A precision-obsessed friend was lamenting the apparent inability of his Robinson XCR to shoot tight groups. Although it was not designed specifically for precision, I am a fan of the gun’s design. Particularly given its ease of changing barrels, I began to wonder how much we could improve on the standard chrome-lined light-contour barrels. So I sent two Lothar-Walther match-grade 1:8 rifled stainless steel blanks to Robinson and waited (seven months) for them to return as heavy-contour 11″ 5.56mm XCR barrels.
This is not a gun that is easy to shoot precisely: It is light, and its single-stage trigger breaks at over 4 pounds, which I know robs me of accuracy. In order to remove shooter dispersion from the equation I tested various configurations in a custom machine rest. I ran a range of ammunition through two standard 11″ barrels and, sure enough, 10-round groups would typically exhibit a mean radius in the vicinity of 1.5MOA. The standard 16″ light barrel, interestingly, printed 10-round groups with MR just above 1.0MOA shooting light bullets (both XM-193 and Wolf Classic!), but didn’t do as well with heavier bullets in match-grade loads (despite its 1:9 twist).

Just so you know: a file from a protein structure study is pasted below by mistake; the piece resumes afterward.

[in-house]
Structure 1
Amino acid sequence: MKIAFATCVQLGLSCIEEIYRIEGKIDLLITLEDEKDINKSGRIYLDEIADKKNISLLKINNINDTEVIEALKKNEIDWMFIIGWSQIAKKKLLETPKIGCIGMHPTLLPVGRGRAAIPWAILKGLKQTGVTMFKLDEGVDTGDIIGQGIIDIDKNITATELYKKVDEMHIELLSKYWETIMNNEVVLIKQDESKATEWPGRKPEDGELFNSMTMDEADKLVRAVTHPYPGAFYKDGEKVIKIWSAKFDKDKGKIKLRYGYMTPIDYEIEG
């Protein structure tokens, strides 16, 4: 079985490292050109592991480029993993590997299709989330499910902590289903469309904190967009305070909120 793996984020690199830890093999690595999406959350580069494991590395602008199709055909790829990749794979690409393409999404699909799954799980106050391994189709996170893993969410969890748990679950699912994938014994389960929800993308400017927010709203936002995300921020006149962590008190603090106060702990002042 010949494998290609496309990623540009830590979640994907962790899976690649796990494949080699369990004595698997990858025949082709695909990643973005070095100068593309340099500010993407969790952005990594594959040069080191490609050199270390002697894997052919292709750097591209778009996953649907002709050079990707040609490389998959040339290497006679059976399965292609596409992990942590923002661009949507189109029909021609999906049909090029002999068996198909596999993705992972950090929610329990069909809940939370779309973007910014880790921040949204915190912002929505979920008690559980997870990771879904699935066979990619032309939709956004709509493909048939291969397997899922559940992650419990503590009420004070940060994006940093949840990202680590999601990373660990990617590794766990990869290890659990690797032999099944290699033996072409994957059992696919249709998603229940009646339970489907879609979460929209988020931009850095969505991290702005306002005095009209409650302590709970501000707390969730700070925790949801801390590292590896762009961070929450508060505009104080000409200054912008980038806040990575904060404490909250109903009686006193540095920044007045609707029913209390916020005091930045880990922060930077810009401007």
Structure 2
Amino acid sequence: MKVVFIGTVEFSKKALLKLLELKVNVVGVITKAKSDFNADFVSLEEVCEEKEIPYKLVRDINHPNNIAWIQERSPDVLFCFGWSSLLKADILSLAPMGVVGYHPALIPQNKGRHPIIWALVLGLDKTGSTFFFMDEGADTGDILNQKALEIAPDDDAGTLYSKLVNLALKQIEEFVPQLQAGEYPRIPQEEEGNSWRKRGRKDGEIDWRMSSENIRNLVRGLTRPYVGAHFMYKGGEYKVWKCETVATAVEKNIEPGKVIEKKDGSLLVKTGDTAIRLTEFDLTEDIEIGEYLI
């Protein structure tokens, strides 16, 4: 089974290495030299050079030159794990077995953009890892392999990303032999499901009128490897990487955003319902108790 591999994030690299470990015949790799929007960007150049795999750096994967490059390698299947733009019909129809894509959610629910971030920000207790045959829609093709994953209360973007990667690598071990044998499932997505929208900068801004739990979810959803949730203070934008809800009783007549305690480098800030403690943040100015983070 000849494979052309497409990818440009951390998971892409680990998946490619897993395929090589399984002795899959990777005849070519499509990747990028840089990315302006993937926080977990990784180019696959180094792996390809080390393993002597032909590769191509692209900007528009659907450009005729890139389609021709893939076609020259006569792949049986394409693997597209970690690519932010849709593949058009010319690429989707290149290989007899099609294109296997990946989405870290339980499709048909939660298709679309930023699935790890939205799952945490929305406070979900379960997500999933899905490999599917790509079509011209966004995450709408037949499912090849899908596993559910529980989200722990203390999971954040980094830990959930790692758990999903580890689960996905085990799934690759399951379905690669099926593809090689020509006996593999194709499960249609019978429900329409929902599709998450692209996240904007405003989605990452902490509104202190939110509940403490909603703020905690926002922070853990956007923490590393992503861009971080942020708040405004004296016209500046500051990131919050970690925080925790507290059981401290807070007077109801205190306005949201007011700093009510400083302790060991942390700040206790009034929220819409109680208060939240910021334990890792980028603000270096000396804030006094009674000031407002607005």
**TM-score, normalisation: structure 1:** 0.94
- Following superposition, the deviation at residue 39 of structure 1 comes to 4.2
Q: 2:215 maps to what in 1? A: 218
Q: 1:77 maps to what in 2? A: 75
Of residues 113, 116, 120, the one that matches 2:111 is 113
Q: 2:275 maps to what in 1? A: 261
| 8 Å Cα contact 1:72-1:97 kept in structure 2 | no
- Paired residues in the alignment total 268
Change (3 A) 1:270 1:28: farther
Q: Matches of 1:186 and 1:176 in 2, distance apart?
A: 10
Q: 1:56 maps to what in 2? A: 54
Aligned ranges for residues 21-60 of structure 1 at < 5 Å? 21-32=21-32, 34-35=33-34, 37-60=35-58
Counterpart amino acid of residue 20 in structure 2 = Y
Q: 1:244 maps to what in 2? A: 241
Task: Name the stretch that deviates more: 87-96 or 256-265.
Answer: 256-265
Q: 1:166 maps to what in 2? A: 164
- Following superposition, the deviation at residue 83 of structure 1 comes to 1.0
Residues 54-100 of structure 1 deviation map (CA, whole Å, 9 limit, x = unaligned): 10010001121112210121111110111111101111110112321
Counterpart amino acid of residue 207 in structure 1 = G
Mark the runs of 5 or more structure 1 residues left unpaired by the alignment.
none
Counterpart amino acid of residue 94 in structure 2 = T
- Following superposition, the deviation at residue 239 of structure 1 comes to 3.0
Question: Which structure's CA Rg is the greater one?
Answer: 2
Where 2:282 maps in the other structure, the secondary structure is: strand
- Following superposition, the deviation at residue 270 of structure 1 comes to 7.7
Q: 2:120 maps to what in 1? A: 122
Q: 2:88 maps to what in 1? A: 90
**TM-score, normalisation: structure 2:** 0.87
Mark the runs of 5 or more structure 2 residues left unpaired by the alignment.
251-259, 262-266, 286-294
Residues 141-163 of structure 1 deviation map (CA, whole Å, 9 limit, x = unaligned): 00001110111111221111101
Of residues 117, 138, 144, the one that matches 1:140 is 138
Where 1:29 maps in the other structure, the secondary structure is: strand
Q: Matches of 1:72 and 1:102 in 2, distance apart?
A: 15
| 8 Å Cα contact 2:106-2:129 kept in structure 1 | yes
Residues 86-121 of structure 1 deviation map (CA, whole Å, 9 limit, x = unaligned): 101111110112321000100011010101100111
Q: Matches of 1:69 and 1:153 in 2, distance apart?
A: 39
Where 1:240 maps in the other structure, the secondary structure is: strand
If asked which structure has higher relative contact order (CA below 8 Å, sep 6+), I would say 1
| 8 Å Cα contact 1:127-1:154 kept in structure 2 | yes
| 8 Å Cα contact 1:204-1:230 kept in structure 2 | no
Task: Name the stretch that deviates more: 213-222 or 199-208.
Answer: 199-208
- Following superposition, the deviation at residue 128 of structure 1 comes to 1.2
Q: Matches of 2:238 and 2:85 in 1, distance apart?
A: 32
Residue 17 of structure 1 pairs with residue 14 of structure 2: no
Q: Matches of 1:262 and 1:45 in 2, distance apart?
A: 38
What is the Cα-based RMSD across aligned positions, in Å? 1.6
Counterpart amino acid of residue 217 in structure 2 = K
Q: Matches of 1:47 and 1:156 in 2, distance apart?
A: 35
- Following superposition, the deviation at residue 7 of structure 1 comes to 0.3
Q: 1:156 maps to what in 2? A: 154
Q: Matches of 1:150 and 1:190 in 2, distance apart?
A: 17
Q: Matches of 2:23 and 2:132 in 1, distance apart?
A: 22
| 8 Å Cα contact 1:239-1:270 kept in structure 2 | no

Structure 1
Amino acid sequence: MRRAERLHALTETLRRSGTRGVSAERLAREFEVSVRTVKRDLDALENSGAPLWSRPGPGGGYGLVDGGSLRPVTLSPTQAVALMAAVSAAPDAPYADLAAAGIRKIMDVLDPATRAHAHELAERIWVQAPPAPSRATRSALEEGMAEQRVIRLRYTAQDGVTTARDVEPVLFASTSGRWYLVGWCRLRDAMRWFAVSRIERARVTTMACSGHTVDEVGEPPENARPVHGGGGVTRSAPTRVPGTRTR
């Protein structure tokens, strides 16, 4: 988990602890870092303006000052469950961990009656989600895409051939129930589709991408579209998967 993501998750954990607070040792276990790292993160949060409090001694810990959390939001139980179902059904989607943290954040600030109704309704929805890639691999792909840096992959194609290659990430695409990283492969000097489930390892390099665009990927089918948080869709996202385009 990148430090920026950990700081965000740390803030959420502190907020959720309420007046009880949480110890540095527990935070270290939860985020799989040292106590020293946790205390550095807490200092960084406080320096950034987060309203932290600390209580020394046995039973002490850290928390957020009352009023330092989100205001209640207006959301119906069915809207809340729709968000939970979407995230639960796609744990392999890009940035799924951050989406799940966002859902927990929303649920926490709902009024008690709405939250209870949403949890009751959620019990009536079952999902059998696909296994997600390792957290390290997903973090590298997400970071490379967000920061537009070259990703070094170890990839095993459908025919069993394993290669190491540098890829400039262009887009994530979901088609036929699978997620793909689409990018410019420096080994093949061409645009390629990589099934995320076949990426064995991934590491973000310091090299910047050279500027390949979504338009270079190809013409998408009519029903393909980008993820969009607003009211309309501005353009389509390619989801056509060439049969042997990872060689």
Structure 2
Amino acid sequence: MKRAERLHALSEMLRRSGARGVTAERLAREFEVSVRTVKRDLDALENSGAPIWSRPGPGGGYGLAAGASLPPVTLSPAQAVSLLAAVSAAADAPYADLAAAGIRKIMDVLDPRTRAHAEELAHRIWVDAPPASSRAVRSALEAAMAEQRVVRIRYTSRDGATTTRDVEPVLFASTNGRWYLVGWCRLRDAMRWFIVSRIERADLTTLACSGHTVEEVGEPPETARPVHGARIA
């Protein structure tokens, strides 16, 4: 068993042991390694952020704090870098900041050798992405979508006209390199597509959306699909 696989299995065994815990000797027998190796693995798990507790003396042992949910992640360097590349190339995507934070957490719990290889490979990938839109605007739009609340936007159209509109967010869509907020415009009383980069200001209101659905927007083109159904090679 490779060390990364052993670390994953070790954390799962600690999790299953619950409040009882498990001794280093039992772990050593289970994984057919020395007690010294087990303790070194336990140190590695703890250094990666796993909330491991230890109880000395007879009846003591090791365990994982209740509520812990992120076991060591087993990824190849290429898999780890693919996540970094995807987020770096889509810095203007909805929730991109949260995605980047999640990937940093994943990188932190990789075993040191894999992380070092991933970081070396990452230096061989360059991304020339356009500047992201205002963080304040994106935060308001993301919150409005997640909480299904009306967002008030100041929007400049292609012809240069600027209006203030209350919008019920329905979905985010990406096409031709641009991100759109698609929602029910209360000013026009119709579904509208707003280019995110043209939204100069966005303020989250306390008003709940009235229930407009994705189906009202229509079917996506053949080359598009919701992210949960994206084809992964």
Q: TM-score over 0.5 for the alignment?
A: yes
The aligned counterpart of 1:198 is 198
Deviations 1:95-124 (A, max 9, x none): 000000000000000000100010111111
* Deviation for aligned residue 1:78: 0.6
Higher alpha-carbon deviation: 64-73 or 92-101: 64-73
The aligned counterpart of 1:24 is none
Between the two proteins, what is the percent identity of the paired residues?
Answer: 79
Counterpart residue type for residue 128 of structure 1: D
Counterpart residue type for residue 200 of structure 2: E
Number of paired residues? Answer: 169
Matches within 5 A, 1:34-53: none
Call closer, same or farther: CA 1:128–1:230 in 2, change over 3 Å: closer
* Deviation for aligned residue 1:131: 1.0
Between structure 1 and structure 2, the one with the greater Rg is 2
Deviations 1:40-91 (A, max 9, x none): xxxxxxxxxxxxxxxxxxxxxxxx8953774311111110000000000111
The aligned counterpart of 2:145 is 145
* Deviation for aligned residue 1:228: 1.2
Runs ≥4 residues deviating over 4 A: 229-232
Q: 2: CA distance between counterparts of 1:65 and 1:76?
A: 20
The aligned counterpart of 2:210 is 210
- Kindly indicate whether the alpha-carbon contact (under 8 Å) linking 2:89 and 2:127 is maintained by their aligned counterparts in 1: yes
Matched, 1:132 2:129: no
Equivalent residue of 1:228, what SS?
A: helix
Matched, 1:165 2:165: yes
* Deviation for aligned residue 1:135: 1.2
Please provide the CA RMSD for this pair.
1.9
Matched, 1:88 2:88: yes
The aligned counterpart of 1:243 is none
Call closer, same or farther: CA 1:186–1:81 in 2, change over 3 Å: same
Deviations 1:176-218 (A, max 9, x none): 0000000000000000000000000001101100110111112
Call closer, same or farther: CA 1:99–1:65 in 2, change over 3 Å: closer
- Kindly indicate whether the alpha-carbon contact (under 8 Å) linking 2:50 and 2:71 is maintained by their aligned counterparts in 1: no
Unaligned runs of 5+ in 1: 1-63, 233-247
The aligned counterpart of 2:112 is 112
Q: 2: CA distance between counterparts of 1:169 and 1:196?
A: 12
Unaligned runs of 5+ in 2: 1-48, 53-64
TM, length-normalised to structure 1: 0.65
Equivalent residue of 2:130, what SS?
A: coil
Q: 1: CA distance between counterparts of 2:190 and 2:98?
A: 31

With the new precision barrels the rifle prints 10-round groups with mean radius consistently below 1.0MOA, like these:
Note that from the short barrel 75gr .223 loads run about 2260fps. On the high end, 55gr 5.56mm clocked 2775fps.
There is some vertical stringing evident, which varies with the upper, and which suggests there is further room to tighten the design. And, as mentioned above, these groups were achieved with a machine rest. When I shoot off of bags 10-round groups open up by roughly another 0.5MOA. Suffice it to say that with a good barrel and shooter this gun is capable of respectable accuracy.